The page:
Feast of the Holy Great Sovereigns Constantine and Helen, Equal to the Apostles, celebrated on May 21.
Constantine was a great and renowned sovereign of the Christians and was the son of Constantius Chlorus (the ruler of the westernmost parts of the Roman empire), and of the blessed Helen. He was born in 272 and in 306 (when his father died) he was proclaimed successor to his throne. In 312, on learning that Maxentius and Maximinus had joined forces against him, he marched into Italy, where he saw in the sky beneath the sun, a radiant pillar in the form of a cross with the words: “By this shalt thou conquer.”
The following night, our Lord Jesus Christ appeared to him in a dream and declared to him the power of the Cross and its significance. When he arose, he immediately ordered that a banner be made in the form of a cross and inscribed with the Name of Jesus Christ.
On October 28 he attacked and conquered Maxentius, who drowned in the Tiber River while fleeing. The following day, Constantine entered Rome in triumph and was proclaimed Emperor of the West by the Senate, while Licinius, his brother-in-law, ruled in the East. But out of malice, Licinius later persecuted the Christians.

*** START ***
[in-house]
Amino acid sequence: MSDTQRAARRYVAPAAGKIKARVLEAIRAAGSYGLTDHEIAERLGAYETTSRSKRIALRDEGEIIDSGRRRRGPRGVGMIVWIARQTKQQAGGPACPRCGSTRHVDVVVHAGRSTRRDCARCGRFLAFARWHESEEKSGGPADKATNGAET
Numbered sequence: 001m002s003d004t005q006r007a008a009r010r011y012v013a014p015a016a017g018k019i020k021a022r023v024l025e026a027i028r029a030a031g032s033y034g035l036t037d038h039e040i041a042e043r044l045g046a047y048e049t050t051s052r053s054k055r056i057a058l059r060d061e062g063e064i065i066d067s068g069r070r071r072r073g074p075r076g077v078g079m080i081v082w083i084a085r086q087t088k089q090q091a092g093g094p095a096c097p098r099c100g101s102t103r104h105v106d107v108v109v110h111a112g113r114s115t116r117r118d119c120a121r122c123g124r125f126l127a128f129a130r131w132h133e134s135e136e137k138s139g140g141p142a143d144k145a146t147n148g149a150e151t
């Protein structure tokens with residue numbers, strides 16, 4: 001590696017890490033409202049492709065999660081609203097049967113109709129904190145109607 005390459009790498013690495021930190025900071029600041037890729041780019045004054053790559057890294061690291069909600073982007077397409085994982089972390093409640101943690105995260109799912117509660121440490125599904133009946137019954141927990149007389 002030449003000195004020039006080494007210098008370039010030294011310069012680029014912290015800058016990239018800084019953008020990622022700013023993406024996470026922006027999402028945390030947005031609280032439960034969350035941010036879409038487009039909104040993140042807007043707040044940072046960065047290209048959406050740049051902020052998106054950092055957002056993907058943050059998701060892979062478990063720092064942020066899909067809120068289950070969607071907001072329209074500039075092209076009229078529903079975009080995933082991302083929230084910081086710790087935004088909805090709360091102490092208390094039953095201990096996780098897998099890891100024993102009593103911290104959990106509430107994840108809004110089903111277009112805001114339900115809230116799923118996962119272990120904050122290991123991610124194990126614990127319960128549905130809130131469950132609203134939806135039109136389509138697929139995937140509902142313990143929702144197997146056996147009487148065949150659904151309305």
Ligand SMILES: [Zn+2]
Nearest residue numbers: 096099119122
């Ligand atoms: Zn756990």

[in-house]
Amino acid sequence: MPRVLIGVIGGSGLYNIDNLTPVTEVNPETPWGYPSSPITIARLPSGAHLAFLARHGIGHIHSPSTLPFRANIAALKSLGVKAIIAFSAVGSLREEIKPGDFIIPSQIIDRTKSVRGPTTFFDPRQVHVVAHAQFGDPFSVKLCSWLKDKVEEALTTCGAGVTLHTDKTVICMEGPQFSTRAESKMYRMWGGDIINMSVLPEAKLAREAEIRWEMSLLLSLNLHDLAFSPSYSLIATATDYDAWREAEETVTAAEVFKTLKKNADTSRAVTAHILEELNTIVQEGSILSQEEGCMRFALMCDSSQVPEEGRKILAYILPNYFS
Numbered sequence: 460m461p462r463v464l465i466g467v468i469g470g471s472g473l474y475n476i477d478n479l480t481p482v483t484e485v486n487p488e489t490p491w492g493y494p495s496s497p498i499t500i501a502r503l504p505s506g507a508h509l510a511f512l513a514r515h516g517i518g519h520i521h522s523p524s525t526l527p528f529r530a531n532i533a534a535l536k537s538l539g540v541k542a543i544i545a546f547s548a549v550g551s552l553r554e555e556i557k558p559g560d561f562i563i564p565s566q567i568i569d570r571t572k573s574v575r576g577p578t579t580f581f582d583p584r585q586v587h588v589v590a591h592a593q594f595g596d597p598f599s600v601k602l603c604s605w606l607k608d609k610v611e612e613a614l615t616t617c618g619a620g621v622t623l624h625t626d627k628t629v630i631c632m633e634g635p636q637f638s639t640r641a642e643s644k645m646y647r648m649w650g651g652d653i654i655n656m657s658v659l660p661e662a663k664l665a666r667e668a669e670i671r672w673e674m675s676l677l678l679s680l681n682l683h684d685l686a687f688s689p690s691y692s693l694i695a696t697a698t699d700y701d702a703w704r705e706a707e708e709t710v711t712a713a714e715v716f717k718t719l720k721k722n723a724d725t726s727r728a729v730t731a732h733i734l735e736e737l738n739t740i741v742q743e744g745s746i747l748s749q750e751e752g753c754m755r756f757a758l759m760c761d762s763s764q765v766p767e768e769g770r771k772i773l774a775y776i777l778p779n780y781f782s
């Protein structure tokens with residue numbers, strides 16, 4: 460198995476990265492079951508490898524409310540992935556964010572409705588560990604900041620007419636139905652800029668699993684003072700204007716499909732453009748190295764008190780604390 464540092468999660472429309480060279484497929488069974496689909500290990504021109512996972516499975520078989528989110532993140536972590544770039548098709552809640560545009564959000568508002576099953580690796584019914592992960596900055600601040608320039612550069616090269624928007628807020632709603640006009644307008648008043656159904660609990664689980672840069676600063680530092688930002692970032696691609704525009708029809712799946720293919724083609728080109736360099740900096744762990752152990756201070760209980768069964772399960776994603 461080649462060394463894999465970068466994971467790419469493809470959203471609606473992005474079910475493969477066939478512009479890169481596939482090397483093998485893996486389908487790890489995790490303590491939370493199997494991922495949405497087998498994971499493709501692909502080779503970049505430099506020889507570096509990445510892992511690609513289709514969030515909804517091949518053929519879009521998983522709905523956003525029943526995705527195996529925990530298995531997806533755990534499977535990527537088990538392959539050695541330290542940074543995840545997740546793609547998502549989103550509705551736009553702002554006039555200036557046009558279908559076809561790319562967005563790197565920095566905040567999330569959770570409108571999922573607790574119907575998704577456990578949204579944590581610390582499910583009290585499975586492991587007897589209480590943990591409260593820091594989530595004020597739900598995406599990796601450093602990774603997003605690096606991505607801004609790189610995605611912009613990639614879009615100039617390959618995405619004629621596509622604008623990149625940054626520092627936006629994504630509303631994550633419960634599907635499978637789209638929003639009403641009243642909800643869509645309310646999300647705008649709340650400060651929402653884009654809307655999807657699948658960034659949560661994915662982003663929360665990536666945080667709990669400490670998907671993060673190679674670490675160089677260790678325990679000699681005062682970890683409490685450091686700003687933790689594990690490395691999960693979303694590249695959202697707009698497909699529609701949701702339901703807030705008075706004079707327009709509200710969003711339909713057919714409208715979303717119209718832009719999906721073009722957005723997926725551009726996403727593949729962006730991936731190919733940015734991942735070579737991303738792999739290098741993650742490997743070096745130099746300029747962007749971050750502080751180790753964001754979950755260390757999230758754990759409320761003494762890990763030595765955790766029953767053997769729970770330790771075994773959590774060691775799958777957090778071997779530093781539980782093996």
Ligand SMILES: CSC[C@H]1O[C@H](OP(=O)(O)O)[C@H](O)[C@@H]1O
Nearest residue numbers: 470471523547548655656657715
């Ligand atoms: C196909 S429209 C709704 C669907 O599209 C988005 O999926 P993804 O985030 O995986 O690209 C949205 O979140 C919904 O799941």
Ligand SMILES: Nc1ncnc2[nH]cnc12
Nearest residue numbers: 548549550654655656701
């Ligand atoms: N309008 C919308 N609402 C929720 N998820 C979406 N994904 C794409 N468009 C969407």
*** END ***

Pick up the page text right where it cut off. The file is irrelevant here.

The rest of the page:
Constantine fought him once again, and destroyed him in 324, and in this manner became monarch over both the West and East. Under him and because of him all the persecutions against the Church ceased. Christianity triumphed and idolatry was overthrown.
In 325 he gathered the First Ecumenical Council in Nicaea. In 324, in the ancient city of Byzantium, he laid the foundations of the new capital of his realm naming it after himself, Constantinople. Falling ill, he requested to receive divine Baptism, and died in 337, on May 21 or 22, the day of Pentecost, having lived sixty-five years, of which he ruled for thirty-one years. His remains were transferred to Constantinople and were deposed in the Church of the Holy Apostles, which had been built by him.
As for his holy mother Helen, after her son had made the Faith of Christ triumphant throughout the Roman Empire, she undertook a journey to Jerusalem and found the Holy Cross on which our Lord was crucified (see Sept. 13 and 14). After this, Saint Helen, in her zeal to glorify Christ, erected churches in Jerusalem at the sites of the Crucifixion and Resurrection, in Bethlehem at the cave where our Saviour was born, another on the Mount of Olives whence He ascended into Heaven, and many others throughout the Holy Land, Cyprus, and elsewhere. She departed to the Lord being about eighty years of age, according to some in the year 330, according to others, in 336.
Icon of Saints Constantine and Helen provided by Athanasios Clark and used with permission.
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